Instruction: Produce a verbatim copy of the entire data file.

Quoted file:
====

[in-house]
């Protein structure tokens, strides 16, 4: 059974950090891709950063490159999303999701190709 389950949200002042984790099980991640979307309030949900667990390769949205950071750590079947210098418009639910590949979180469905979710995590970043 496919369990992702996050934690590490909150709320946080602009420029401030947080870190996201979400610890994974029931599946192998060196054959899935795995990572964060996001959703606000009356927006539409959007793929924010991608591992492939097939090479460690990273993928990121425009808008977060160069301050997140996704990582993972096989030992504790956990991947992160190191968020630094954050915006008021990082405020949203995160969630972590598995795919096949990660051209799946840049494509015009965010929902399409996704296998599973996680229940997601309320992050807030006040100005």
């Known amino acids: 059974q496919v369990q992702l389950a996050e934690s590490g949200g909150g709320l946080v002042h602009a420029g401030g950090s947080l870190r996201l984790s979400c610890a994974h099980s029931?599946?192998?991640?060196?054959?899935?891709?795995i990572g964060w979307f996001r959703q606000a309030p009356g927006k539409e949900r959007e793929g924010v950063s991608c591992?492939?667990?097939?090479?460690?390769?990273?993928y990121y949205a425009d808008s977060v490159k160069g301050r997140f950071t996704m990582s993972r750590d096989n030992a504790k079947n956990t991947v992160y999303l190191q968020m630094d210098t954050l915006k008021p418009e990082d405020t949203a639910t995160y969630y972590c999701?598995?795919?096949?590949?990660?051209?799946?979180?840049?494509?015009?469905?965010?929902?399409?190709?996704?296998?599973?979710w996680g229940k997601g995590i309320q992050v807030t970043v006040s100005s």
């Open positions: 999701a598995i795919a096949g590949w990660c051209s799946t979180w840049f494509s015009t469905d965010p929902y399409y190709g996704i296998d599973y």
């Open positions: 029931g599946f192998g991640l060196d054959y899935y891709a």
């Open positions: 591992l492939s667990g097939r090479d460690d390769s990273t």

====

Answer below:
[in-house]
């Protein structure tokens, strides 16, 4: 059974950090891709950063490159999303999701190709 389950949200002042984790099980991640979307309030949900667990390769949205950071750590079947210098418009639910590949979180469905979710995590970043 496919369990992702996050934690590490909150709320946080602009420029401030947080870190996201979400610890994974029931599946192998060196054959899935795995990572964060996001959703606000009356927006539409959007793929924010991608591992492939097939090479460690990273993928990121425009808008977060160069301050997140996704990582993972096989030992504790956990991947992160190191968020630094954050915006008021990082405020949203995160969630972590598995795919096949990660051209799946840049494509015009965010929902399409996704296998599973996680229940997601309320992050807030006040100005």
């Known amino acids: 059974q496919v369990q992702l389950a996050e934690s590490g949200g909150g709320l946080v002042h602009a420029g401030g950090s947080l870190r996201l984790s979400c610890a994974h099980s029931?599946?192998?991640?060196?054959?899935?891709?795995i990572g964060w979307f996001r959703q606000a309030p009356g927006k539409e949900r959007e793929g924010v950063s991608c591992?492939?667990?097939?090479?460690?390769?990273?993928y990121y949205a425009d808008s977060v490159k160069g301050r997140f950071t996704m990582s993972r750590d096989n030992a504790k079947n956990t991947v992160y999303l190191q968020m630094d210098t954050l915006k008021p418009e990082d405020t949203a639910t995160y969630y972590c999701?598995?795919?096949?590949?990660?051209?799946?979180?840049?494509?015009?469905?965010?929902?399409?190709?996704?296998?599973?979710w996680g229940k997601g995590i309320q992050v807030t970043v006040s100005s």
């Open positions: 999701a598995i795919a096949g590949w990660c051209s799946t979180w840049f494509s015009t469905d965010p929902y399409y190709g996704i296998d599973y």
């Open positions: 029931g599946f192998g991640l060196d054959y899935y891709a």
């Open positions: 591992l492939s667990g097939r090479d460690d390769s990273t």